Call it a doubleheader for a hall of fame.
The American Baseball Coaches Association (ABCA) announced Tuesday the eight honorees for its Hall of Fame in January.
And two are from Louisiana.
Roger Cador, who built Southern University into a powerhouse among historically black colleges and universities (HBCU), and the late Tony Robichaux, who made the University of Louisiana at Lafayette a team to be reckoned with in the Sun Belt Conference, will be inducted.
“This is something for a young man from Pointe Coupee Parish,” growing up in the 1950s and 1960s, Cador said. “As the son of a sharecropper, you grew up to be a sharecropper.”
He had to convince his father to let him go to high school, Cador said, which led to an athletic scholarship to Southern University and a career as a coach, mentor and teacher.
“Look at all the good things that a young man from Pointe Coupee Parish could accomplish,” Cador said, that education could provide.
Cador gave credit to his first coach, Roosevelt Collins, who cut him the first day of basketball tryouts at Rosenwald.
Collins gave him a ride home that day to Ventress, Cador said, with little said between them.
The next day, Cador was back. And Collins began to work with him.
Cador said he provided similar encouragement to his athletes.
“It didn’t cost me anything, just a few kind words.” He said.
Sometimes those encouraging words may not have been kind, he added, but they were what was needed to bring a player down to Earth.
Other inductees will be: Bill Anderson, Occidental College (Calif.); Hal Baird, Auburn University; Sammy Dunn, Vestavia Hills (Ala.) High School; Wayne Graham, Rice University; George Horton, Cal State-Fullerton/Oregon; and Don Sneddon, Santa Ana College (Calif.)
The induction ceremony will be held during the 77th annual ABCA Convention in January in Washington, D.C.
This week’s announcement is one in a series of recent honors for the Ventress native.
Cador was honored by the Southwestern Athletic Conference as a 2018 SWAC Hall of Fame inductee and was inducted into the Louisiana Sports Hall of Fame in 2019.
When Cador retired from coaching in 2017, he had a career record of 913-597-1, a .604 winning percentage, and 12-30-win seasons.
In 33 seasons, Cador’s teams won HBCU national championships in 2003 and 2005, 14 Southwestern Athletic Conference (SWAC) championships and made 11 NCAA regional appearances.
Cador was named SWAC Coach of the Year 13 times and coached 10 players to All-America honors.
Major League teams drafted 62 Southern players, including 2003 Golden Spikes Award winner Rickie Weeks.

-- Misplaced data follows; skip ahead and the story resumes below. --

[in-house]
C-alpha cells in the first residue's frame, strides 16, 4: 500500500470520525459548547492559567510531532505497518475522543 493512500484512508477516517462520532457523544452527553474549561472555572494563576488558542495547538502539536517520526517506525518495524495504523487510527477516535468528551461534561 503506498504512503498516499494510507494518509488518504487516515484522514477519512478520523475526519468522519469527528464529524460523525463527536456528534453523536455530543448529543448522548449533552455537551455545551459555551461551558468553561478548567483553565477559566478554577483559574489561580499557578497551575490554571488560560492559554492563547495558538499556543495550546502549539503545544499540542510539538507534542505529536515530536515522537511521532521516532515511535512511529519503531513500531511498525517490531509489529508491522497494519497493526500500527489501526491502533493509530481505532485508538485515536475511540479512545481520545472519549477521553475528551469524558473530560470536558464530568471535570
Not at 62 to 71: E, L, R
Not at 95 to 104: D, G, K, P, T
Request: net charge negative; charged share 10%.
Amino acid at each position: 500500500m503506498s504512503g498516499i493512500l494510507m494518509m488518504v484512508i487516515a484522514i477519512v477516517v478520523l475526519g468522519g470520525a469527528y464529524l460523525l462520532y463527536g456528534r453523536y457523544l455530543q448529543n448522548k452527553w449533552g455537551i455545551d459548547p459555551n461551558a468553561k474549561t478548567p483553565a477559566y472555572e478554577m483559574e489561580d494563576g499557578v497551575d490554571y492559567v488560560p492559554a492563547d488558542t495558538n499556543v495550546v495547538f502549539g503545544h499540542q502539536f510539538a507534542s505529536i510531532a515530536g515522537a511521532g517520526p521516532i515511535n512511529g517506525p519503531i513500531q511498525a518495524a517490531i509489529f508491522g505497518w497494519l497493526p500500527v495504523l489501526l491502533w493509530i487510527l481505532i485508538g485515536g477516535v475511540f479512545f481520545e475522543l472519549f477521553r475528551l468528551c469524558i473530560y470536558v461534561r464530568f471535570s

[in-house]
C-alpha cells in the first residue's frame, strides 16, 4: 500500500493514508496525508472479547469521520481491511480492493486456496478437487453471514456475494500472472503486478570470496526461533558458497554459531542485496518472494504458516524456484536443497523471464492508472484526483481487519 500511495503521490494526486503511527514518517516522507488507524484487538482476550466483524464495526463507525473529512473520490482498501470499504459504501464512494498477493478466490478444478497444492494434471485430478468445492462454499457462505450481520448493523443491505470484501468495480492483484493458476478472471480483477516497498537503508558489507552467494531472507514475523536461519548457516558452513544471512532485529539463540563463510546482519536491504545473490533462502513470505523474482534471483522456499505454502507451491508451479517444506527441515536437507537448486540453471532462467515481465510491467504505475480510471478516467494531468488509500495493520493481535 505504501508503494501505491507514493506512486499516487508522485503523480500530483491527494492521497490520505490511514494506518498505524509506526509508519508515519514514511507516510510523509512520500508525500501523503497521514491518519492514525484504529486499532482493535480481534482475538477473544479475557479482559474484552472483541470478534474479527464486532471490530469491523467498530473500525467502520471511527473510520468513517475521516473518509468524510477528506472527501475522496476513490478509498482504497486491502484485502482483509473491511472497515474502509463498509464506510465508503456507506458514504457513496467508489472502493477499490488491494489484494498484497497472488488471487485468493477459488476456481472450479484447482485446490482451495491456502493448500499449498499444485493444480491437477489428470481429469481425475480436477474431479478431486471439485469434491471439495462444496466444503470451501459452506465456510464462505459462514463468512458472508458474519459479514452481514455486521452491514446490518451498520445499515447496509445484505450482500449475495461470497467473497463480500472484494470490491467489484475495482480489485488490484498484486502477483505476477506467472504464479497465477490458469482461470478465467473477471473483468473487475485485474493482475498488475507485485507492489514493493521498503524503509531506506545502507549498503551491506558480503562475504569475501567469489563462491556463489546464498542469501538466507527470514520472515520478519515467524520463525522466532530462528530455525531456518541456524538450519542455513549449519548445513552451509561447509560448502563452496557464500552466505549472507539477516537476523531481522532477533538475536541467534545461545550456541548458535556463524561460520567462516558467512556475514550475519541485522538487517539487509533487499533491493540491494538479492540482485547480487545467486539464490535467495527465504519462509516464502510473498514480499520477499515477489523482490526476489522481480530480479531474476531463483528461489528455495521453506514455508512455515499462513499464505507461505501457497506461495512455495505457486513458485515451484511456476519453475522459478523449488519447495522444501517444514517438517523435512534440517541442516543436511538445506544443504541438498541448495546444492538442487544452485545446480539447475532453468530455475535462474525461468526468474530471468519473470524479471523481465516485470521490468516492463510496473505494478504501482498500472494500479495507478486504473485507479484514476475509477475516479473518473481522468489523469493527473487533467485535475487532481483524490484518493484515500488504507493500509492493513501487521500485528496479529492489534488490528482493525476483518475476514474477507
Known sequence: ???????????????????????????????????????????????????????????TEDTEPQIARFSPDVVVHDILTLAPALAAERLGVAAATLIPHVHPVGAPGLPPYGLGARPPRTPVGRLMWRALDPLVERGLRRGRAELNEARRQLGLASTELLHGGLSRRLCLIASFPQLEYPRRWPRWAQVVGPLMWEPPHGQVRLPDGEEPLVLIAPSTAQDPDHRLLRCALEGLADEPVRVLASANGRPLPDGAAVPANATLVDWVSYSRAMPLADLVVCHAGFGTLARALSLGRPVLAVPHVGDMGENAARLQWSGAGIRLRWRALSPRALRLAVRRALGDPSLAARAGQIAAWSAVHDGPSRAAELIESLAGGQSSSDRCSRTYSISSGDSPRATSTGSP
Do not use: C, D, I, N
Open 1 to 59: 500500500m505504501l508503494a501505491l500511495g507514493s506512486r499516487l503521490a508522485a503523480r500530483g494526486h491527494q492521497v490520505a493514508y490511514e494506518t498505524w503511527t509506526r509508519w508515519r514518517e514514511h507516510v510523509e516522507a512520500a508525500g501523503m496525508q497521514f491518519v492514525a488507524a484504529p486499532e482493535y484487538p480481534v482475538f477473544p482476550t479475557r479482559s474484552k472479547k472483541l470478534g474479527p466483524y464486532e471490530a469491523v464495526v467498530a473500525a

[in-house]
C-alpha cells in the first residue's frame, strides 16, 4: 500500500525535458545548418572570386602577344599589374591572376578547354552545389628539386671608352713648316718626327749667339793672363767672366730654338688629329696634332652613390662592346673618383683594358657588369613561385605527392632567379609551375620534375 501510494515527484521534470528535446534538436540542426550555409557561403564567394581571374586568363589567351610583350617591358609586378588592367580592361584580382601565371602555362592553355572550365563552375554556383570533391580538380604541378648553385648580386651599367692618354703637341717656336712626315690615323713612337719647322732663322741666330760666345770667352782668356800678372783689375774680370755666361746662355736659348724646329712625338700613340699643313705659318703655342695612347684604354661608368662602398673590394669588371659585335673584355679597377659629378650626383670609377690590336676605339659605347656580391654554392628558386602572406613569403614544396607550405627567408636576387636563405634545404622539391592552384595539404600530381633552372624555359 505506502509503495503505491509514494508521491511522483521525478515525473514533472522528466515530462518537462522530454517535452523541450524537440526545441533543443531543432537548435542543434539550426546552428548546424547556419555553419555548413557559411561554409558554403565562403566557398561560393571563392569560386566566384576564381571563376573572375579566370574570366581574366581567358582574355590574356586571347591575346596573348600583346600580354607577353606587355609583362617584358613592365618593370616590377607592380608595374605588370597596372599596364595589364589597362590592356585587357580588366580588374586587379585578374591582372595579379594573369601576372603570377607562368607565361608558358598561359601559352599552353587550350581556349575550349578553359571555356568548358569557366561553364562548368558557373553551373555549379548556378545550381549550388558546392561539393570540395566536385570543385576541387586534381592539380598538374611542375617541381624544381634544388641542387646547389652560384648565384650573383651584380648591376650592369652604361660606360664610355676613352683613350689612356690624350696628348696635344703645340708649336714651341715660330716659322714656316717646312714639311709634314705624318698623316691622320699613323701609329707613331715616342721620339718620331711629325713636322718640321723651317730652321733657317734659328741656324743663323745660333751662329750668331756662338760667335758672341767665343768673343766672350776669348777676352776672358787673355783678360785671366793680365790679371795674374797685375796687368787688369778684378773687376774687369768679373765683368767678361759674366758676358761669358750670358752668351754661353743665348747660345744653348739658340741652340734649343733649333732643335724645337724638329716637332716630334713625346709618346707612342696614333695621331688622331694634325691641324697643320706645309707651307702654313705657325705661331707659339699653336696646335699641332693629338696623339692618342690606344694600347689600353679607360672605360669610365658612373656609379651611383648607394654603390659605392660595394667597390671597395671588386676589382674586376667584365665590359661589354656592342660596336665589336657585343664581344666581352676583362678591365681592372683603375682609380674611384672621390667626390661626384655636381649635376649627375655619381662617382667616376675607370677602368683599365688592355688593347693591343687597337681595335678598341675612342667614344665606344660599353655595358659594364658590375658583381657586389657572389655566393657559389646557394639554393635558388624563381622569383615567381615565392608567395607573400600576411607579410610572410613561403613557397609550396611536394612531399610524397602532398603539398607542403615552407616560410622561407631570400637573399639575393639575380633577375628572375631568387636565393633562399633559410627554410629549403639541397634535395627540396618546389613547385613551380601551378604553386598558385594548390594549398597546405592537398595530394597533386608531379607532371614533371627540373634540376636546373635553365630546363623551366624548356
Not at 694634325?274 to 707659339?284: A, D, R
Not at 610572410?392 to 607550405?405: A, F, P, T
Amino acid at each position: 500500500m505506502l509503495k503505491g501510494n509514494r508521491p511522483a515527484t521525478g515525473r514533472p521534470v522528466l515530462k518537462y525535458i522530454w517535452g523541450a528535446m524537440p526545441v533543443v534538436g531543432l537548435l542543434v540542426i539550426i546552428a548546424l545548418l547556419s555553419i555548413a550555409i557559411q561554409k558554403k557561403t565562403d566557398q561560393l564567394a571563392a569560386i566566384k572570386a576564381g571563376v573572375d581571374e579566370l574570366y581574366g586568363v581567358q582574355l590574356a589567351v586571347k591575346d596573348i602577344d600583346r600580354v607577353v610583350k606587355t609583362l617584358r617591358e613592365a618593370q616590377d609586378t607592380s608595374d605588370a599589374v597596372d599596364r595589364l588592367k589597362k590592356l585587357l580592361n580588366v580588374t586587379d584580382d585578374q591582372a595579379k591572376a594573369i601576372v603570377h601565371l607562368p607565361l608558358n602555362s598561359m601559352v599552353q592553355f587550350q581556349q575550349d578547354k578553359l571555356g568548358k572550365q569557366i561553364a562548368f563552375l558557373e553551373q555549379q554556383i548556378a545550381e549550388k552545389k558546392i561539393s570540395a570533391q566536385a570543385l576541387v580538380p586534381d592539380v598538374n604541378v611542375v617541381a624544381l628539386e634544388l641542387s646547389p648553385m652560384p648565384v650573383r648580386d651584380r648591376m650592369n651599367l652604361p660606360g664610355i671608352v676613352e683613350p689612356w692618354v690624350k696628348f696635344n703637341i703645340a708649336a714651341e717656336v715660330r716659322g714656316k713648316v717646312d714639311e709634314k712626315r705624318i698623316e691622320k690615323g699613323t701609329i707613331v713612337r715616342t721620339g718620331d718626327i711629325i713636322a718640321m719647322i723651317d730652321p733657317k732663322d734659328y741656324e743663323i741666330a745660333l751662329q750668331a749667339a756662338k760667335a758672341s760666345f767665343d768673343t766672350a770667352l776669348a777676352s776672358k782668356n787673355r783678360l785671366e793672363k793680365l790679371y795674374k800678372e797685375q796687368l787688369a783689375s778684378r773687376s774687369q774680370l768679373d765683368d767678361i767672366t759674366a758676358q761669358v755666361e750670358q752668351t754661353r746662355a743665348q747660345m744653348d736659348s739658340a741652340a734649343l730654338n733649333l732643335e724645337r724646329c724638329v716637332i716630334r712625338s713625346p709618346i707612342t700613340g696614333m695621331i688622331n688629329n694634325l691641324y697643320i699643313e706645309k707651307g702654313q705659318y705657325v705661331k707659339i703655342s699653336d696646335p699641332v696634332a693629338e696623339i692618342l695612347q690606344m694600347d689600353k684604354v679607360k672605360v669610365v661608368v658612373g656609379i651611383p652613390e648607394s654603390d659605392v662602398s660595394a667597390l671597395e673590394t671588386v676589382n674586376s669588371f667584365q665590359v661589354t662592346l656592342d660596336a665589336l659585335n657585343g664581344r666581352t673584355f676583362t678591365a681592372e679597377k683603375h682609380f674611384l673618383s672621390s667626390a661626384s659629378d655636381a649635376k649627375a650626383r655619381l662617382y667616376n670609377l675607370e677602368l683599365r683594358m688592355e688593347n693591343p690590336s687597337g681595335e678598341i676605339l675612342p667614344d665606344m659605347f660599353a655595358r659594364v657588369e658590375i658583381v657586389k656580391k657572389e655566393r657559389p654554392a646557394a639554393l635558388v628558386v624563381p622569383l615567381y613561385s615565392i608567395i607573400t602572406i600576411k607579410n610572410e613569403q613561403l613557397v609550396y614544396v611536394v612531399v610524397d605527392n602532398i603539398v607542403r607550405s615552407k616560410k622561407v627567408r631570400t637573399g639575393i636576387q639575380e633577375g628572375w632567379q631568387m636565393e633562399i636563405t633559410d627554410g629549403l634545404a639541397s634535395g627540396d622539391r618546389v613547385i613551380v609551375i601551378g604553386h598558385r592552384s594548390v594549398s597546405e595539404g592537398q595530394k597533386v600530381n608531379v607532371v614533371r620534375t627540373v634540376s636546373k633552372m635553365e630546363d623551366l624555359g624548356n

Cador also holds the distinction of leading first HBCU team to a win in an NCAA regional, upsetting No. 2 Cal State Fullerton, 1-0, in 1987.
He helped organize the Urban Baseball Invitational, now known as the Andre Dawson Classic, which has featured HBCU schools in national telecasts on ESPN and the MLB Network from Los Angeles, Houston and New Orleans.
Cador also works with Major League Baseball and its diversity task force to bring baseball back to inner-city communities.
Next week, Cador will be joined Hall of Famer Harold Baines for an MLB-sponsored discussion online on increasing the number African-American kids in baseball.
Fewer are playing in high school and college, which ultimately is reflected in the professional ranks.
The Society for Baseball Research reports that in 1981, African Americans made up 18.7 percent of Major League players, while Hispanics were 11.1 percent.
In 2016, the last year numbers were posted on its website, African-Americans were only 6.7 percent, compared to 27.4 percent for Hispanics.
Cador was a standout baseball player for the Jaguars from 1970-73, leading the team with a .393 batting average in 1972.
He played professionally in the Atlanta Braves organization from 1973-77, advancing to the Class AAA Richmond Braves before returning to Southern as an assistant baseball coach and basketball assistant coach.
Tony Robichaux spent 25 seasons at the helm of the Ragin’ Cajuns and 33 seasons overall as a coach.
Robichaux guided ULL to 12 NCAA regional appearances, four NCAA super regional appearances and the 2000 College World Series.
His teams won seven Sun Belt Conference crowns and four tournament titles.
In 2015, Robichaux became the 51st coach in NCAA Division I history to post 1,000 career wins.
He posted a career record of 1,177-767-2, a .605 winning percentage.